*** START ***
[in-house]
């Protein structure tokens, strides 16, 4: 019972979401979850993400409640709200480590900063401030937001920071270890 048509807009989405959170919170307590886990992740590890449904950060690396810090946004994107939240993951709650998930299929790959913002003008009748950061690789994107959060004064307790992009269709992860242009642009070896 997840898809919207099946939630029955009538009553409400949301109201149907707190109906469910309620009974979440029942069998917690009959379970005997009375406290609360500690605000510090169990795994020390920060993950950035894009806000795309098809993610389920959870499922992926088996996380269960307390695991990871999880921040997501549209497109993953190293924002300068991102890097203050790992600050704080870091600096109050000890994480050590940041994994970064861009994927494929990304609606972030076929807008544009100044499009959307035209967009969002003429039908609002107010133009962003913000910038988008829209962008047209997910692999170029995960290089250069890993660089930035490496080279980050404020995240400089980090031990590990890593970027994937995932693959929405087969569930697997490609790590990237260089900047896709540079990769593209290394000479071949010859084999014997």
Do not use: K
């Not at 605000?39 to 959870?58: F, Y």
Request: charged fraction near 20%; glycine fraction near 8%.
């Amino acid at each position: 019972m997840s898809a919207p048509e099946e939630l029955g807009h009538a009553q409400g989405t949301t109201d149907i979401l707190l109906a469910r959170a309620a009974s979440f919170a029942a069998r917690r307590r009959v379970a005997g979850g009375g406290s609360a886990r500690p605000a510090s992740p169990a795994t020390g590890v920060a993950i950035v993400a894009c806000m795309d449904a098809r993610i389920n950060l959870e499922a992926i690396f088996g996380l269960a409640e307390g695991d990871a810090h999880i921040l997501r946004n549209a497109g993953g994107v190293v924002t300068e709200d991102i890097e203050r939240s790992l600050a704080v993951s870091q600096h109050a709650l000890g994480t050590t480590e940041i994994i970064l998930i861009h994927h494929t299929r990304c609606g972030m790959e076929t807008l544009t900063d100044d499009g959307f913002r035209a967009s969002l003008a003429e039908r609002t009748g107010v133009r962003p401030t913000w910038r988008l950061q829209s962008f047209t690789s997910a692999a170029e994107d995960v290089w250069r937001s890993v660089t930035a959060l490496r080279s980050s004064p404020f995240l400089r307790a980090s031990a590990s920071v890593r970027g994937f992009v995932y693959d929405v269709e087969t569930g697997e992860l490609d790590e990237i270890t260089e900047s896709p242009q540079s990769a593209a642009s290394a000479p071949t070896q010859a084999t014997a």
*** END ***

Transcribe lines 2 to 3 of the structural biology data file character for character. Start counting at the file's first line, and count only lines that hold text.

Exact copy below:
């Protein structure tokens, strides 16, 4: 019972979401979850993400409640709200480590900063401030937001920071270890 048509807009989405959170919170307590886990992740590890449904950060690396810090946004994107939240993951709650998930299929790959913002003008009748950061690789994107959060004064307790992009269709992860242009642009070896 997840898809919207099946939630029955009538009553409400949301109201149907707190109906469910309620009974979440029942069998917690009959379970005997009375406290609360500690605000510090169990795994020390920060993950950035894009806000795309098809993610389920959870499922992926088996996380269960307390695991990871999880921040997501549209497109993953190293924002300068991102890097203050790992600050704080870091600096109050000890994480050590940041994994970064861009994927494929990304609606972030076929807008544009100044499009959307035209967009969002003429039908609002107010133009962003913000910038988008829209962008047209997910692999170029995960290089250069890993660089930035490496080279980050404020995240400089980090031990590990890593970027994937995932693959929405087969569930697997490609790590990237260089900047896709540079990769593209290394000479071949010859084999014997």
Do not use: K